Neuropsychiatric Disease and Treatment (2020-12-01)

Impaired Cognitive Abilities in Siblings of Patients with Temporal Lobe Epilepsy

  • Tan L,
  • Chen Y,
  • Wu W,
  • Liu C,
  • Fu Y,
  • He J,
  • Zhang M,
  • Wang G,
  • Wang K,
  • Long H,
  • Xiao W,
  • Xiao B,
  • Long L

Journal volume & issue
Vol. Volume 16
pp. 3071 – 3079

Abstract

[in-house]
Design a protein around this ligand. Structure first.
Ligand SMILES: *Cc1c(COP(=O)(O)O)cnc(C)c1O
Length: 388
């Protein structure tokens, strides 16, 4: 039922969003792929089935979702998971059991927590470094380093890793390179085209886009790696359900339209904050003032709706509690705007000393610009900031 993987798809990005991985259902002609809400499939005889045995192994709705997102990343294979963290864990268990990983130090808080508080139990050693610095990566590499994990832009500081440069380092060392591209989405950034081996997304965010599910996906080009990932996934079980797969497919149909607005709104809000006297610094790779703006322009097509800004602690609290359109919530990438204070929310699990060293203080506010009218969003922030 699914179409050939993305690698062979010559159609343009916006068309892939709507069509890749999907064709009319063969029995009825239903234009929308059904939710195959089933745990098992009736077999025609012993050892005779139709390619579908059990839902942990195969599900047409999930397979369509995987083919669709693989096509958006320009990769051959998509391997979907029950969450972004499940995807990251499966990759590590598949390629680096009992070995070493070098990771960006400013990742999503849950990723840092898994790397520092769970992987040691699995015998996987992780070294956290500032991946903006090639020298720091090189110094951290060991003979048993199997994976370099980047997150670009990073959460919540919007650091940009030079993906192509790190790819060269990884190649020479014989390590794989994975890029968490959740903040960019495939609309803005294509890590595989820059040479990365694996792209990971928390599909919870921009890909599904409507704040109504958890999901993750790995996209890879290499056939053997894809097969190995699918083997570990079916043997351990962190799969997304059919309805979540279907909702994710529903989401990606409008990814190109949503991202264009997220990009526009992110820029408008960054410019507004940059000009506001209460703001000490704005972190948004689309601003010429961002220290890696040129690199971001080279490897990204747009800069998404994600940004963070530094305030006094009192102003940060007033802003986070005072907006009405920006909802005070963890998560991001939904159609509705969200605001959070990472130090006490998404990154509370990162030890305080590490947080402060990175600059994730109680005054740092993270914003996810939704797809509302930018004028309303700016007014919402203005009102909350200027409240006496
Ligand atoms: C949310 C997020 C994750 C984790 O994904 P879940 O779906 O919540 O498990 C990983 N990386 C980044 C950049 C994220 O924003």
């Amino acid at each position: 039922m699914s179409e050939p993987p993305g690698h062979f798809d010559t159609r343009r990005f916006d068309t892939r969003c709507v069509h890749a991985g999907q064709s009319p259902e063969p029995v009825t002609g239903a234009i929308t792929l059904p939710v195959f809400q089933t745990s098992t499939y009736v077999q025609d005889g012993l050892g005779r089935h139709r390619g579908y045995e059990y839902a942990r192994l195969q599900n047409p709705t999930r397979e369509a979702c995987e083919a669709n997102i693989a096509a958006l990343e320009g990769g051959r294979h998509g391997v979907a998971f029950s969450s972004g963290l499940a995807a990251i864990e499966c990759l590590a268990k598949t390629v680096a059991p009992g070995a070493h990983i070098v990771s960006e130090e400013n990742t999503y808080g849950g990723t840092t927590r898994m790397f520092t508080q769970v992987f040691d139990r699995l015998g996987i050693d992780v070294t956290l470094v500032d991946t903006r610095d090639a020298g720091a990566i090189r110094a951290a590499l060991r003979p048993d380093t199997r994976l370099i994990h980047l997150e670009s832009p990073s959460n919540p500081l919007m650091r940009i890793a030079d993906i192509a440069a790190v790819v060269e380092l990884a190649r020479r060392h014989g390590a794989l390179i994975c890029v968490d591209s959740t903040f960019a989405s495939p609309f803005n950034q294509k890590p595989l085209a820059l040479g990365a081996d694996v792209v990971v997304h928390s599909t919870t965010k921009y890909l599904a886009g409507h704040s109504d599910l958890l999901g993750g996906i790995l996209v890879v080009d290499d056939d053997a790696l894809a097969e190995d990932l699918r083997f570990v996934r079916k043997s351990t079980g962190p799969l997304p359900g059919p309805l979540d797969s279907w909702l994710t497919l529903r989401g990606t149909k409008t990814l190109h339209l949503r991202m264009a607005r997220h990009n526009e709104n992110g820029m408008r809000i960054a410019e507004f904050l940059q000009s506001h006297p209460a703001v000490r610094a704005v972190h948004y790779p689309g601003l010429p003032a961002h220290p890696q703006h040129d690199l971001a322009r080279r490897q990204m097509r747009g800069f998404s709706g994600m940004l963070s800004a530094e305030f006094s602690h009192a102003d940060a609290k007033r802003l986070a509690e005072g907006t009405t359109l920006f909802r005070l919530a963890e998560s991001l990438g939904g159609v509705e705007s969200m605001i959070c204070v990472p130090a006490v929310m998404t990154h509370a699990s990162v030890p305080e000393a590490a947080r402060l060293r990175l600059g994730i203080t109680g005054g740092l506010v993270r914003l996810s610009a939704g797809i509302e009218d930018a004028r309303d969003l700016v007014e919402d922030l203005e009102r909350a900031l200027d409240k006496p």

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Langzi Tan, Yayu Chen, Wenyue Wu, Chaorong Liu, Yujiao Fu, Jialinzi He, Min Zhang, Ge Wang, Kangrun Wang, Hongyu Long, Wenbiao Xiao, Bo Xiao, Lili Long Department of Neurology, Xiangya Hospital, Central South University, Changsha, People’s Republic of ChinaCorrespondence: Lili LongDepartment of Neurology, Xiangya Hospital, Central South University, Changsha, People’s Republic of ChinaTel +86 0731 84328888Fax +86 0731 84327332Email [email protected]: Patients with temporal lobe epilepsy (TLE) are at high risk of cognitive impairment. In addition to persistent seizures and antiepileptic drugs (AEDs), genetic factors also play an important role in the progression of cognitive deficits in TLE patients. Defining a cognitive endophenotype for TLE can provide information on the risk of cognitive impairment in patients. This study investigated the cognitive endophenotype of TLE by comparing neuropsychological function between patients with TLE, their unaffected siblings, and healthy control subjects.Patients and Methods: A total of 46 patients with TLE, 26 siblings, and 33 control subjects were recruited. Cognitive function (ie, general cognition, short- and long-term memory, attention, visuospatial and executive functions, and working memory) was assessed with a battery of neuropsychological tests. Differences between groups were evaluated by analysis of covariance, with age and years of education as covariates. The Kruskal–Wallis test was used to evaluate data that did not satisfy the homogeneity of variance assumption. Pairwise comparisons were adjusted by Bonferroni correction, with a significance threshold of P< 0.05.Results: Patients with TLE showed deficits in the information test (P< 0.001), arithmetic test (P=0.003), digit symbol substitution test (P=0.001), block design test (BDT; P=0.005), and backward digit span test (P=0.001) and took a longer time to complete the Hayling test Part A (P=0.011) compared to controls. Left TLE patients tended to have worse executive function test scores than right TLE patients. The siblings of TLE patients showed deficits in the BDT (P=0.006, Bonferroni-corrected) relative to controls.Conclusion: Patients with TLE exhibit cognitive impairment. Executive function is worse in patients with left TLE than in those with right TLE. Siblings show impaired visuospatial function relative to controls. Thus, cognitive deficits in TLE patients have a genetic component and are independent of seizures or AED use.Keywords: temporal lobe epilepsy, cognitive impairment, endophenotype

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